But wearables also ask you to give up control. Your phone will start telling you what you should and shouldn’t eat and how far you should run. It’s going to get in between you and your body and mediate that relationship. Wearables will make your physical self visible to the virtual world in the form of information, an indelible digital body-print, and that information is going to behave like any other information behaves these days. It will be copied and circulated. It will go places you don’t expect. People will use that information to track you and market to you. It will be bought and sold and leaked—imagine a data-spill comparable to the recent iCloud leak, only with Apple Watch data instead of naked selfies.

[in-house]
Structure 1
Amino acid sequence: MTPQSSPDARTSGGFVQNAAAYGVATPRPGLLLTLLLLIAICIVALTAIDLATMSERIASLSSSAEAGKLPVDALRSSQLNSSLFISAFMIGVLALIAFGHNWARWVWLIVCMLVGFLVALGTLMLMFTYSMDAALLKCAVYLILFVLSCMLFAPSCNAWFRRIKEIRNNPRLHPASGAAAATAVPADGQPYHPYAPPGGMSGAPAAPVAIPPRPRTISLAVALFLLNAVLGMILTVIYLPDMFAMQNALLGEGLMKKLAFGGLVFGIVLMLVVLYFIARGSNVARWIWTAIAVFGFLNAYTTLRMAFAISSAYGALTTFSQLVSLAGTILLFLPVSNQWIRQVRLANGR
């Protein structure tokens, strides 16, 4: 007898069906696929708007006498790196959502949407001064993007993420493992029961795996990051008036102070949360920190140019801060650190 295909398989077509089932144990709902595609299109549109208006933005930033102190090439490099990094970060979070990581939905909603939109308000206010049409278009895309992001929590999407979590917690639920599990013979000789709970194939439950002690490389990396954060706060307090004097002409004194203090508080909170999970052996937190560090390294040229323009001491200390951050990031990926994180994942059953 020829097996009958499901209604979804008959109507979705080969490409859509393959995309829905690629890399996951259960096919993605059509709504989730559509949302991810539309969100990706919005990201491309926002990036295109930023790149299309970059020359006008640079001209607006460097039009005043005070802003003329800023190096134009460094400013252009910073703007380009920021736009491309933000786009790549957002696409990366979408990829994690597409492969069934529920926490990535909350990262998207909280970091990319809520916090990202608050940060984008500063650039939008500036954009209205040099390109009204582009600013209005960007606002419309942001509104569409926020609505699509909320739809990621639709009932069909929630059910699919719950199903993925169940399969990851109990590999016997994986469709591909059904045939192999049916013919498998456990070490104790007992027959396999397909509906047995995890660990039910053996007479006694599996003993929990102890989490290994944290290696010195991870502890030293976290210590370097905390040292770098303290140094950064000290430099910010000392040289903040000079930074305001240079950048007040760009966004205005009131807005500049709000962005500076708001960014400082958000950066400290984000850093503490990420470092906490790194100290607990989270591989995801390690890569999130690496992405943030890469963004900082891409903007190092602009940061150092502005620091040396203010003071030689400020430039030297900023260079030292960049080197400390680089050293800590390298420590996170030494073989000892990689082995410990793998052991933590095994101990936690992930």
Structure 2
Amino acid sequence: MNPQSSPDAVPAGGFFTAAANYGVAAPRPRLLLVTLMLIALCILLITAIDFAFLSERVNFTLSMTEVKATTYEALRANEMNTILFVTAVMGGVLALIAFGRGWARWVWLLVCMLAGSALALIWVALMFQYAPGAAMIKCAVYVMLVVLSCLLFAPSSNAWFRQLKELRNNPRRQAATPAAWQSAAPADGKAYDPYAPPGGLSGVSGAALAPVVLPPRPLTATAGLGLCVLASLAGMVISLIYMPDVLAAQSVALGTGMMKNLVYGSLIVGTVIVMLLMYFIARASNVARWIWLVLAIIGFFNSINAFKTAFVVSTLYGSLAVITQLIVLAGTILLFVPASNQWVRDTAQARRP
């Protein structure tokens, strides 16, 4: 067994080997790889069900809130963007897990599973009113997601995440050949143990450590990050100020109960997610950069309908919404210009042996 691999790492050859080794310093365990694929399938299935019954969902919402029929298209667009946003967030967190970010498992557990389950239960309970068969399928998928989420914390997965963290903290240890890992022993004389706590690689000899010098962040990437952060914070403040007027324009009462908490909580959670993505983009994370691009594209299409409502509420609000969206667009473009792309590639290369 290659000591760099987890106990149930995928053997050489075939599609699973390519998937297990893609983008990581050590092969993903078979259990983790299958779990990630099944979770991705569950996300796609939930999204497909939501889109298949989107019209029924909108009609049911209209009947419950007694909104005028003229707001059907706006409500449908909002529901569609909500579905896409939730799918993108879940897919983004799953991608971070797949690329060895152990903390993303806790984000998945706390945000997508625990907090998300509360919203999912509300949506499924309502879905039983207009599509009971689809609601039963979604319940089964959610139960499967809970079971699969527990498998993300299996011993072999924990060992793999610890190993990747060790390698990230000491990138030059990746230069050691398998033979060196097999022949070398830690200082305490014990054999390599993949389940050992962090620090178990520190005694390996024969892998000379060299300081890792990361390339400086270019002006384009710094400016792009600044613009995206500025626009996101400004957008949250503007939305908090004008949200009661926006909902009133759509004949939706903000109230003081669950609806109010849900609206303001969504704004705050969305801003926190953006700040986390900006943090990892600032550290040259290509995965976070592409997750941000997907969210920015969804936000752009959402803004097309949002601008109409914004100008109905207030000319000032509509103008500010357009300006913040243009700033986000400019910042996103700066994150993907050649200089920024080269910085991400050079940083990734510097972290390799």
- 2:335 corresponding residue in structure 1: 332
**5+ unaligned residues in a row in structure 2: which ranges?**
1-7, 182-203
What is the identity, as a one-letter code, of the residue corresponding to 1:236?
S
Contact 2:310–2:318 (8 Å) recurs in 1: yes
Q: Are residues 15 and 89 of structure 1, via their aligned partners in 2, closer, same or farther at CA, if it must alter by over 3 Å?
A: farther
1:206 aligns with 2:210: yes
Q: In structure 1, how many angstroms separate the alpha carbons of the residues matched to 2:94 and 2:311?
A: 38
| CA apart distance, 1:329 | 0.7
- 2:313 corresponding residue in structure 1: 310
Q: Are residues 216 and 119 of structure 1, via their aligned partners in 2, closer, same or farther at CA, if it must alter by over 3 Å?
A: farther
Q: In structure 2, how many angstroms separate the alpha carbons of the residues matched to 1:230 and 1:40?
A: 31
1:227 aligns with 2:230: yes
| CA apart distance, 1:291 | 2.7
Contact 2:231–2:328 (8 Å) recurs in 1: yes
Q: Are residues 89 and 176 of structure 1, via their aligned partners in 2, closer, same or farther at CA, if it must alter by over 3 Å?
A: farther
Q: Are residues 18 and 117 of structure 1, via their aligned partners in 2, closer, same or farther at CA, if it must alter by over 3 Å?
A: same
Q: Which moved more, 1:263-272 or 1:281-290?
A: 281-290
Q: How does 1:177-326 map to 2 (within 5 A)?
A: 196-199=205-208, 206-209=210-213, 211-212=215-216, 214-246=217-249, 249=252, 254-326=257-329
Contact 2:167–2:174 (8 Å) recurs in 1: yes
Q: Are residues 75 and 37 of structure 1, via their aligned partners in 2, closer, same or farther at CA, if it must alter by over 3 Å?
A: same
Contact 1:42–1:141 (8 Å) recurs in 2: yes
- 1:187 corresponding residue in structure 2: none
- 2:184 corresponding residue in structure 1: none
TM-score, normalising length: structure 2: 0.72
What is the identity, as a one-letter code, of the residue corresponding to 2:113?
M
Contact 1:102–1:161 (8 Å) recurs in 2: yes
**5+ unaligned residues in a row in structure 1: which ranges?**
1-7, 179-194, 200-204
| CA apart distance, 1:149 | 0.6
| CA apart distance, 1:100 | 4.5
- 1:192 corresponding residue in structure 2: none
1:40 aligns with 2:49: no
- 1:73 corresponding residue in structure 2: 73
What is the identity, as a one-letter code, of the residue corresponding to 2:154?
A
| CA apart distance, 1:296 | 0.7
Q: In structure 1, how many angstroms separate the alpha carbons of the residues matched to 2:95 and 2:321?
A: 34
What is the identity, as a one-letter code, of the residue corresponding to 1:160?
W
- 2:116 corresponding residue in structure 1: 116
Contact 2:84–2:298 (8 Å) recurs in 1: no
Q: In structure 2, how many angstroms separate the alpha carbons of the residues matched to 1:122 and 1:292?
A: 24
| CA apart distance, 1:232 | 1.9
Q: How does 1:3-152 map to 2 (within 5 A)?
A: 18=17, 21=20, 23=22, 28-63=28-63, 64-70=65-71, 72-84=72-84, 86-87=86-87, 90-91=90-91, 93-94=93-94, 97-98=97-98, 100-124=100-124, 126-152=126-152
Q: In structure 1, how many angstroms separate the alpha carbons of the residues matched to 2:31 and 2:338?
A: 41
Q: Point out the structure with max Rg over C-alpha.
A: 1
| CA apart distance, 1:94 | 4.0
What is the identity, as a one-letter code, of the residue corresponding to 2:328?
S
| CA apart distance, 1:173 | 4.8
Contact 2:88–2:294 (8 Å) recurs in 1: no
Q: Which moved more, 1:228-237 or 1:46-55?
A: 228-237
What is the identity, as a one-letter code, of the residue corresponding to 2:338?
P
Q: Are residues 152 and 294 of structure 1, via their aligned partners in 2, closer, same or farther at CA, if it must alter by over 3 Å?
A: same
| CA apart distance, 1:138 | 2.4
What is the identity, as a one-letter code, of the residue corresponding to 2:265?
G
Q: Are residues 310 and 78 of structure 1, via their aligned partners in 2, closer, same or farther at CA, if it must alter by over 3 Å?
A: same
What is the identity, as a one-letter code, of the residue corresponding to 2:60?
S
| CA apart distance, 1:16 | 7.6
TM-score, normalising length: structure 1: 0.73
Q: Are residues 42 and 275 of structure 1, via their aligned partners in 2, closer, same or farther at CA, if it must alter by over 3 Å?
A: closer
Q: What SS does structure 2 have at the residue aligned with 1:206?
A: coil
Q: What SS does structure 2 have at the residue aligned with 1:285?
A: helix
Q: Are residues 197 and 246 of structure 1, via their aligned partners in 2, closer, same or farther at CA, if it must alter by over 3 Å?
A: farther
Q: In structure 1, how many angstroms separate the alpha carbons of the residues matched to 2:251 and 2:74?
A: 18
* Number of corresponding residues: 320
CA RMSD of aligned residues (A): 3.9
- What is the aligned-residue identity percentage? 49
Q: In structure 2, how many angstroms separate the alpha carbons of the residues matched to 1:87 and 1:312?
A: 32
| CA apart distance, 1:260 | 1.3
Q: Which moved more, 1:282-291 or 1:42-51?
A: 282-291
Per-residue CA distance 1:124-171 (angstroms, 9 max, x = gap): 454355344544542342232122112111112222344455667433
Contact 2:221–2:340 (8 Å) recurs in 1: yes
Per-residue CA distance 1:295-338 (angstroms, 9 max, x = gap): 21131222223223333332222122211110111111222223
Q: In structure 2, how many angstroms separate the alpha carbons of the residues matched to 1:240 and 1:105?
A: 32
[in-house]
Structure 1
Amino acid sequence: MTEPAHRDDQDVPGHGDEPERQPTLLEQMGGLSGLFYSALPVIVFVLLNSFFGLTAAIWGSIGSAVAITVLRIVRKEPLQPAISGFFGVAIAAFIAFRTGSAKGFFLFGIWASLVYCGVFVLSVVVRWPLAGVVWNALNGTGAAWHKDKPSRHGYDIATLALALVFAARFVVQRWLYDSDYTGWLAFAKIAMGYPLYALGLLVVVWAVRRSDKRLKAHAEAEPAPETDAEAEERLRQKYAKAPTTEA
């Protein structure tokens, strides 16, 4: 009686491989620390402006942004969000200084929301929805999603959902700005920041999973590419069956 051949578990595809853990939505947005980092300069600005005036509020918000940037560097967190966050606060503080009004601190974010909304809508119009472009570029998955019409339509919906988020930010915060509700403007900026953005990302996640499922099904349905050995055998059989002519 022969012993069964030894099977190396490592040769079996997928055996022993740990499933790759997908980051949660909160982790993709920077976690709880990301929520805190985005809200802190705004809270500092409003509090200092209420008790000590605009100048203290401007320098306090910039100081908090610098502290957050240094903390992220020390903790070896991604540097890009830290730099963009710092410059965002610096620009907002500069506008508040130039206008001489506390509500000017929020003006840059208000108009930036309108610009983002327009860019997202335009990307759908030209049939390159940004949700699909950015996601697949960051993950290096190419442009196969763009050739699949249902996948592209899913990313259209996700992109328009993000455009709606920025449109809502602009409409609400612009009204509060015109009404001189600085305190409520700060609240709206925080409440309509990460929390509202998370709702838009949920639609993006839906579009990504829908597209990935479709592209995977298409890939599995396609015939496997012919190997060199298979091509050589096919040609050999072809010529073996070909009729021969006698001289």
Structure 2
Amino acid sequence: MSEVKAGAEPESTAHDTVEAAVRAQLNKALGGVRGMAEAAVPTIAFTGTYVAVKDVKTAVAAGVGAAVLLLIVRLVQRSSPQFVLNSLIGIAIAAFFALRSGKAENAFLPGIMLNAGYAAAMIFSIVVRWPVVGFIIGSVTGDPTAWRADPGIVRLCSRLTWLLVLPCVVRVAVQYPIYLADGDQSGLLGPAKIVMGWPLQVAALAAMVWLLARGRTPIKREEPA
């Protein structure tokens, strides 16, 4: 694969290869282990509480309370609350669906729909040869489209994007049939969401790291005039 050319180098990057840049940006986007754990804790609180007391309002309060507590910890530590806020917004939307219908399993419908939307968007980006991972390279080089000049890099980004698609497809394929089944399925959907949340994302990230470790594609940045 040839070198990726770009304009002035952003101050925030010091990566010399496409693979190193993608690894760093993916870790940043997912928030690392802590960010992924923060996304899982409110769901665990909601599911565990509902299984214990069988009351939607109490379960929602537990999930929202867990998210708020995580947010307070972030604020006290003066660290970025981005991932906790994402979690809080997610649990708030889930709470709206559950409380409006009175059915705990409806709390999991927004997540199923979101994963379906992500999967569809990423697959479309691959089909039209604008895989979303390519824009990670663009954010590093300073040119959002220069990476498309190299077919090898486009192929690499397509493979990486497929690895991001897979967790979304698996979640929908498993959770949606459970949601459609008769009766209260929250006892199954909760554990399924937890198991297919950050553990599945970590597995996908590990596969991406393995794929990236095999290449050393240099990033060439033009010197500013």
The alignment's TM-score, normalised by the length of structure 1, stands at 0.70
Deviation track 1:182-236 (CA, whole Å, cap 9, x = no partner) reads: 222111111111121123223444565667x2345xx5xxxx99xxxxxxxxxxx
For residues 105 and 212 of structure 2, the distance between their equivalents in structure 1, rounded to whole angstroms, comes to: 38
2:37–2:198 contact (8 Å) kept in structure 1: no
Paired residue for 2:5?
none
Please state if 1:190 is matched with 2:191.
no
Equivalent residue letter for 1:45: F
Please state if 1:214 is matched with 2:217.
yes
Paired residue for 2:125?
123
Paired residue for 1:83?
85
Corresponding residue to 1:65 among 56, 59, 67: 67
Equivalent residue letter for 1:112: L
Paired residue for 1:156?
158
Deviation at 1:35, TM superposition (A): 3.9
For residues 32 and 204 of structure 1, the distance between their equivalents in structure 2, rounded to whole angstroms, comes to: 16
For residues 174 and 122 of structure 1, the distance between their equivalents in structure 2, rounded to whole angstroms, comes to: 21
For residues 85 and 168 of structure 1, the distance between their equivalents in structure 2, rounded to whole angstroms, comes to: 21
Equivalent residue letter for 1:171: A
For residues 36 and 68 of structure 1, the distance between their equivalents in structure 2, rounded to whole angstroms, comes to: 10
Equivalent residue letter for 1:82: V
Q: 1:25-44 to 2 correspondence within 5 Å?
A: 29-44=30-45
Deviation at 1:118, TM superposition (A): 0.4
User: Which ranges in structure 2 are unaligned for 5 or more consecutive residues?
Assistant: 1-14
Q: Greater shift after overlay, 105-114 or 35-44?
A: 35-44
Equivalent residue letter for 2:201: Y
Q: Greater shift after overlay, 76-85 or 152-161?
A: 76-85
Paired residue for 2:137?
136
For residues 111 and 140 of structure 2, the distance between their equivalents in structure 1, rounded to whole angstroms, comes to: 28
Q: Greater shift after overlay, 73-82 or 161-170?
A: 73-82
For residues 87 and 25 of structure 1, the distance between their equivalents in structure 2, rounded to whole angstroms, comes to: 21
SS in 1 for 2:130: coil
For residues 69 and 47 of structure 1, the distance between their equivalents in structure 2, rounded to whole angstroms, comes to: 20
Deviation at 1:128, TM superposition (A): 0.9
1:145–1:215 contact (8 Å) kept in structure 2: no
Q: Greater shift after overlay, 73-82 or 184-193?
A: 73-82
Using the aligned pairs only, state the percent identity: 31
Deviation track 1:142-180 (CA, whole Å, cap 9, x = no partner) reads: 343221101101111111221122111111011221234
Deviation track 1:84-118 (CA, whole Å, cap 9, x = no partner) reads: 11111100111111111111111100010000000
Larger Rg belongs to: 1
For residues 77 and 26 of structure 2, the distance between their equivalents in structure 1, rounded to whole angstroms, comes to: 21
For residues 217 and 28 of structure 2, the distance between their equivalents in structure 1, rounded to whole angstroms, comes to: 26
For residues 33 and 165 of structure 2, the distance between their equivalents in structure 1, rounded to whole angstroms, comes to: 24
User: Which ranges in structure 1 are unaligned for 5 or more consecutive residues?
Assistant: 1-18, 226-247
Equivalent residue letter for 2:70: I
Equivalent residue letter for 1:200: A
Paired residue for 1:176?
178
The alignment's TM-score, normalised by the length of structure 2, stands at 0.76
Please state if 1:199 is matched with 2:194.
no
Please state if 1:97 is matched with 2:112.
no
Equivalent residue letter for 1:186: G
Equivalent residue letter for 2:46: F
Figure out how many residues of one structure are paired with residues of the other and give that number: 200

The Apple Watch represents a redrawing of the map that locates technology in one place and our bodies in another. The line between the two will never be as easy to find again. Once you’re OK with wearing technology, the only way forward is inward: the next product launch after the Apple Watch would logically be the iMplant. If Apple succeeds in legitimizing wearables as a category, it will have successfully established the founding node in a network that could spread throughout our bodies, with Apple setting the standards. Then we’ll really have to decide how much control we want—and what we’re prepared to give up for it.